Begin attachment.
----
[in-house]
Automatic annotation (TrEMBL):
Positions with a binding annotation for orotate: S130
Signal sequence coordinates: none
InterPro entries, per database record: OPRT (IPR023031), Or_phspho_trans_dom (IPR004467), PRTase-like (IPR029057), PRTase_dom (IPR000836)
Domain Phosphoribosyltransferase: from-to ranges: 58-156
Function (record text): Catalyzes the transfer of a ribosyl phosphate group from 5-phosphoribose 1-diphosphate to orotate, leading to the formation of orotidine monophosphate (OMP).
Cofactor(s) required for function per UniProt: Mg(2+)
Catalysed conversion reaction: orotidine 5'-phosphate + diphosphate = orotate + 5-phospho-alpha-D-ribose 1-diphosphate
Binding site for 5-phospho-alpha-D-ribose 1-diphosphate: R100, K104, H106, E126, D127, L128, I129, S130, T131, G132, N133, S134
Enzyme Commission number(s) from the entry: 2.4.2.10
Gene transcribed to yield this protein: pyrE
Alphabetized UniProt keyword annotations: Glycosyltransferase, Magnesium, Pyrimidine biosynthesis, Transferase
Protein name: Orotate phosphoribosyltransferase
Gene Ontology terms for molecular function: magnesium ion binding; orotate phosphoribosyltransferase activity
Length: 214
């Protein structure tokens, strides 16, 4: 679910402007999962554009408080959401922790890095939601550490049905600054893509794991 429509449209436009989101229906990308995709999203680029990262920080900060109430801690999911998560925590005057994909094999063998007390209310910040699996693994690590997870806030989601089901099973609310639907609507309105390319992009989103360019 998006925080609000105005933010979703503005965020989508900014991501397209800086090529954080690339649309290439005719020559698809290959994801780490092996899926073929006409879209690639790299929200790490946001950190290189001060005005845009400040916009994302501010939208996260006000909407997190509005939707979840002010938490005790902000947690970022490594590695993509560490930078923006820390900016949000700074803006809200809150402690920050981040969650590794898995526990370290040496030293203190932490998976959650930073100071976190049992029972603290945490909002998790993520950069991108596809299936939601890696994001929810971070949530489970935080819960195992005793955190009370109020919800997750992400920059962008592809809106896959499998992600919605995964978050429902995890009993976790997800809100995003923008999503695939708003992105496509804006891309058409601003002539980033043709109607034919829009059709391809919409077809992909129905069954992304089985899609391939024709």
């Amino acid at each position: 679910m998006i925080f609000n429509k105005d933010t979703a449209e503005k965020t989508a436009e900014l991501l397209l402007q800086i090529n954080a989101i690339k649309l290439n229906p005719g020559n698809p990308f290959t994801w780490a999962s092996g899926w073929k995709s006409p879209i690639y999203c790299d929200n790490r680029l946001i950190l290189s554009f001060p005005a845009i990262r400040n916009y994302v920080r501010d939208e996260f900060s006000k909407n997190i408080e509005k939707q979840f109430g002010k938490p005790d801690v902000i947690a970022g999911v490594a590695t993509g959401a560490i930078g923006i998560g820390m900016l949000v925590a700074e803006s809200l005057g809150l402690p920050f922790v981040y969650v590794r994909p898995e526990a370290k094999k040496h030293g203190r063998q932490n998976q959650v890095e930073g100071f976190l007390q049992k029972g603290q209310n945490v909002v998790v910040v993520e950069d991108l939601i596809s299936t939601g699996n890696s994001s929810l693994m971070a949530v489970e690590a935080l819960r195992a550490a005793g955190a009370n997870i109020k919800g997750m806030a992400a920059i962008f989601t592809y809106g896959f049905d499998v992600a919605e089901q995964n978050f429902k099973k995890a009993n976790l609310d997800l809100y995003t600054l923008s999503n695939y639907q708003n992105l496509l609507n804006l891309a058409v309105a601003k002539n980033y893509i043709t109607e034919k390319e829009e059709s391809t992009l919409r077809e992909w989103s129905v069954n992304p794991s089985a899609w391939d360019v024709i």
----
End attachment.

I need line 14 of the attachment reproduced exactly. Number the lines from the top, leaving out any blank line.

Protein name: Orotate phosphoribosyltransferase